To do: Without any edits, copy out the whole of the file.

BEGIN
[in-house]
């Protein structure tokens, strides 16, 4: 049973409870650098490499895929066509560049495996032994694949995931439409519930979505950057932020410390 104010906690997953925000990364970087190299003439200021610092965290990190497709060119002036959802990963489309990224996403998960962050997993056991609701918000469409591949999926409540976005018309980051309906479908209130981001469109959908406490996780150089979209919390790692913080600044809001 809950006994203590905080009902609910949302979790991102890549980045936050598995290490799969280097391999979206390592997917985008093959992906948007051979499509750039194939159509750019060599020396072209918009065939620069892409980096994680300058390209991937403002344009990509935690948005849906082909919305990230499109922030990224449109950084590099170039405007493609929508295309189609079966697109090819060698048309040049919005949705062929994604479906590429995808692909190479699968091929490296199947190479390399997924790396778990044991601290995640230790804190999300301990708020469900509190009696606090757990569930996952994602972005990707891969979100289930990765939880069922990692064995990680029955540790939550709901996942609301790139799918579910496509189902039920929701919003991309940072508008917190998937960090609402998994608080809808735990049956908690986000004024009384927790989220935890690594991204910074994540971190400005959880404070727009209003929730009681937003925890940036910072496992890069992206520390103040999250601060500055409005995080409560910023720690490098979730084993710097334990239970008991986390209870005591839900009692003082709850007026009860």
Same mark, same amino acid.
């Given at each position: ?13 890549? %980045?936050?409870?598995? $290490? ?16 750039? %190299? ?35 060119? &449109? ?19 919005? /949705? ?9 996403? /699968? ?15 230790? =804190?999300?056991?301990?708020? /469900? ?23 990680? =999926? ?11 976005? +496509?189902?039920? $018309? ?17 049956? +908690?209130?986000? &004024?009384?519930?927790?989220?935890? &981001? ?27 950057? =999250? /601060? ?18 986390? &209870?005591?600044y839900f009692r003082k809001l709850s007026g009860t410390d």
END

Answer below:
[in-house]
């Protein structure tokens, strides 16, 4: 049973409870650098490499895929066509560049495996032994694949995931439409519930979505950057932020410390 104010906690997953925000990364970087190299003439200021610092965290990190497709060119002036959802990963489309990224996403998960962050997993056991609701918000469409591949999926409540976005018309980051309906479908209130981001469109959908406490996780150089979209919390790692913080600044809001 809950006994203590905080009902609910949302979790991102890549980045936050598995290490799969280097391999979206390592997917985008093959992906948007051979499509750039194939159509750019060599020396072209918009065939620069892409980096994680300058390209991937403002344009990509935690948005849906082909919305990230499109922030990224449109950084590099170039405007493609929508295309189609079966697109090819060698048309040049919005949705062929994604479906590429995808692909190479699968091929490296199947190479390399997924790396778990044991601290995640230790804190999300301990708020469900509190009696606090757990569930996952994602972005990707891969979100289930990765939880069922990692064995990680029955540790939550709901996942609301790139799918579910496509189902039920929701919003991309940072508008917190998937960090609402998994608080809808735990049956908690986000004024009384927790989220935890690594991204910074994540971190400005959880404070727009209003929730009681937003925890940036910072496992890069992206520390103040999250601060500055409005995080409560910023720690490098979730084993710097334990239970008991986390209870005591839900009692003082709850007026009860």
Same mark, same amino acid.
């Given at each position: ?13 890549? %980045?936050?409870?598995? $290490? ?16 750039? %190299? ?35 060119? &449109? ?19 919005? /949705? ?9 996403? /699968? ?15 230790? =804190?999300?056991?301990?708020? /469900? ?23 990680? =999926? ?11 976005? +496509?189902?039920? $018309? ?17 049956? +908690?209130?986000? &004024?009384?519930?927790?989220?935890? &981001? ?27 950057? =999250? /601060? ?18 986390? &209870?005591?600044y839900f009692r003082k809001l709850s007026g009860t410390d």